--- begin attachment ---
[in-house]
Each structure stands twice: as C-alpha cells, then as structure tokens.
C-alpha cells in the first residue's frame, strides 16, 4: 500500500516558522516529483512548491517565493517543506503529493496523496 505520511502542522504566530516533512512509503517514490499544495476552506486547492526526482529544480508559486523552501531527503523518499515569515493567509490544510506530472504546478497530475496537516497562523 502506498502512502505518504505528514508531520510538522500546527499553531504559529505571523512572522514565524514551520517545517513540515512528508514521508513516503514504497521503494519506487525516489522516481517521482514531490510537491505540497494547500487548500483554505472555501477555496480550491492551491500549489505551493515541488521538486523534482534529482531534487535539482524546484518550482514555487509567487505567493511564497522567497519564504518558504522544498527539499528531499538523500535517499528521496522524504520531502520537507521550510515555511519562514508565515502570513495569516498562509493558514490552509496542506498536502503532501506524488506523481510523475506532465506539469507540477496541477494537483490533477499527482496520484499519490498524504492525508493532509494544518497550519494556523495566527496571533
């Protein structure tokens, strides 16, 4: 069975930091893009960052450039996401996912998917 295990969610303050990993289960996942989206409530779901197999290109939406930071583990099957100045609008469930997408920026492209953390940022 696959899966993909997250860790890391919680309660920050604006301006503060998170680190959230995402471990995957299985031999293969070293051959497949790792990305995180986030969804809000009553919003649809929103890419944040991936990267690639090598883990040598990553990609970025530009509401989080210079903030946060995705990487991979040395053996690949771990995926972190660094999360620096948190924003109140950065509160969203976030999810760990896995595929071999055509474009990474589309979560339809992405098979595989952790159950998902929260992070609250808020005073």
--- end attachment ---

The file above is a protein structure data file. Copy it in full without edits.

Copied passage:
[in-house]
Each structure stands twice: as C-alpha cells, then as structure tokens.
C-alpha cells in the first residue's frame, strides 16, 4: 500500500516558522516529483512548491517565493517543506503529493496523496 505520511502542522504566530516533512512509503517514490499544495476552506486547492526526482529544480508559486523552501531527503523518499515569515493567509490544510506530472504546478497530475496537516497562523 502506498502512502505518504505528514508531520510538522500546527499553531504559529505571523512572522514565524514551520517545517513540515512528508514521508513516503514504497521503494519506487525516489522516481517521482514531490510537491505540497494547500487548500483554505472555501477555496480550491492551491500549489505551493515541488521538486523534482534529482531534487535539482524546484518550482514555487509567487505567493511564497522567497519564504518558504522544498527539499528531499538523500535517499528521496522524504520531502520537507521550510515555511519562514508565515502570513495569516498562509493558514490552509496542506498536502503532501506524488506523481510523475506532465506539469507540477496541477494537483490533477499527482496520484499519490498524504492525508493532509494544518497550519494556523495566527496571533
């Protein structure tokens, strides 16, 4: 069975930091893009960052450039996401996912998917 295990969610303050990993289960996942989206409530779901197999290109939406930071583990099957100045609008469930997408920026492209953390940022 696959899966993909997250860790890391919680309660920050604006301006503060998170680190959230995402471990995957299985031999293969070293051959497949790792990305995180986030969804809000009553919003649809929103890419944040991936990267690639090598883990040598990553990609970025530009509401989080210079903030946060995705990487991979040395053996690949771990995926972190660094999360620096948190924003109140950065509160969203976030999810760990896995595929071999055509474009990474589309979560339809992405098979595989952790159950998902929260992070609250808020005073």